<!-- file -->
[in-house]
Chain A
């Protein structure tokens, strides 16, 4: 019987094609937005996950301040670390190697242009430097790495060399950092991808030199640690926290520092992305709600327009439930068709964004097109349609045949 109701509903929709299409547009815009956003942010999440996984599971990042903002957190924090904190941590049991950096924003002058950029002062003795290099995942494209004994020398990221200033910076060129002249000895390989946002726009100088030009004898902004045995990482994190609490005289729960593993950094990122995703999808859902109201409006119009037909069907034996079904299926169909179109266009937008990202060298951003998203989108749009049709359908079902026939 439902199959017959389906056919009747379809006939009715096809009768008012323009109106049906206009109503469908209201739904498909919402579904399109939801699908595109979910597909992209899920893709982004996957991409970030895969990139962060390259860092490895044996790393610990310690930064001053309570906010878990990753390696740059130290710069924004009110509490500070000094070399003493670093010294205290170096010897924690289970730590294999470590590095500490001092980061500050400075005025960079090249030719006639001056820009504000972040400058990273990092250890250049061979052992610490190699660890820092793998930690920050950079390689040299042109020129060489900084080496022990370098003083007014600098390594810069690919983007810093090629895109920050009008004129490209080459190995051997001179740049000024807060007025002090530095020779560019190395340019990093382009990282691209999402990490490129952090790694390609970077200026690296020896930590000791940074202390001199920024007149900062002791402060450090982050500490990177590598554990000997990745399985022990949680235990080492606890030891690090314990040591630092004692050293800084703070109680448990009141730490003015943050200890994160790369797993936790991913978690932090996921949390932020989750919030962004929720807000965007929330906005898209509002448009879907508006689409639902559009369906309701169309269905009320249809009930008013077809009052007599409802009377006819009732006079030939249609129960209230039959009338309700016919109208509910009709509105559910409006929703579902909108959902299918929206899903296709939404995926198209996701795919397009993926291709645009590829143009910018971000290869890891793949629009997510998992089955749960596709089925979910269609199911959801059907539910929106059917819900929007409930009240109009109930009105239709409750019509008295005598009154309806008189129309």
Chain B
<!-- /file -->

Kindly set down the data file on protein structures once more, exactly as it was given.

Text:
[in-house]
Chain A
């Protein structure tokens, strides 16, 4: 019987094609937005996950301040670390190697242009430097790495060399950092991808030199640690926290520092992305709600327009439930068709964004097109349609045949 109701509903929709299409547009815009956003942010999440996984599971990042903002957190924090904190941590049991950096924003002058950029002062003795290099995942494209004994020398990221200033910076060129002249000895390989946002726009100088030009004898902004045995990482994190609490005289729960593993950094990122995703999808859902109201409006119009037909069907034996079904299926169909179109266009937008990202060298951003998203989108749009049709359908079902026939 439902199959017959389906056919009747379809006939009715096809009768008012323009109106049906206009109503469908209201739904498909919402579904399109939801699908595109979910597909992209899920893709982004996957991409970030895969990139962060390259860092490895044996790393610990310690930064001053309570906010878990990753390696740059130290710069924004009110509490500070000094070399003493670093010294205290170096010897924690289970730590294999470590590095500490001092980061500050400075005025960079090249030719006639001056820009504000972040400058990273990092250890250049061979052992610490190699660890820092793998930690920050950079390689040299042109020129060489900084080496022990370098003083007014600098390594810069690919983007810093090629895109920050009008004129490209080459190995051997001179740049000024807060007025002090530095020779560019190395340019990093382009990282691209999402990490490129952090790694390609970077200026690296020896930590000791940074202390001199920024007149900062002791402060450090982050500490990177590598554990000997990745399985022990949680235990080492606890030891690090314990040591630092004692050293800084703070109680448990009141730490003015943050200890994160790369797993936790991913978690932090996921949390932020989750919030962004929720807000965007929330906005898209509002448009879907508006689409639902559009369906309701169309269905009320249809009930008013077809009052007599409802009377006819009732006079030939249609129960209230039959009338309700016919109208509910009709509105559910409006929703579902909108959902299918929206899903296709939404995926198209996701795919397009993926291709645009590829143009910018971000290869890891793949629009997510998992089955749960596709089925979910269609199911959801059907539910929106059917819900929007409930009240109009109930009105239709409750019509008295005598009154309806008189129309």
Chain B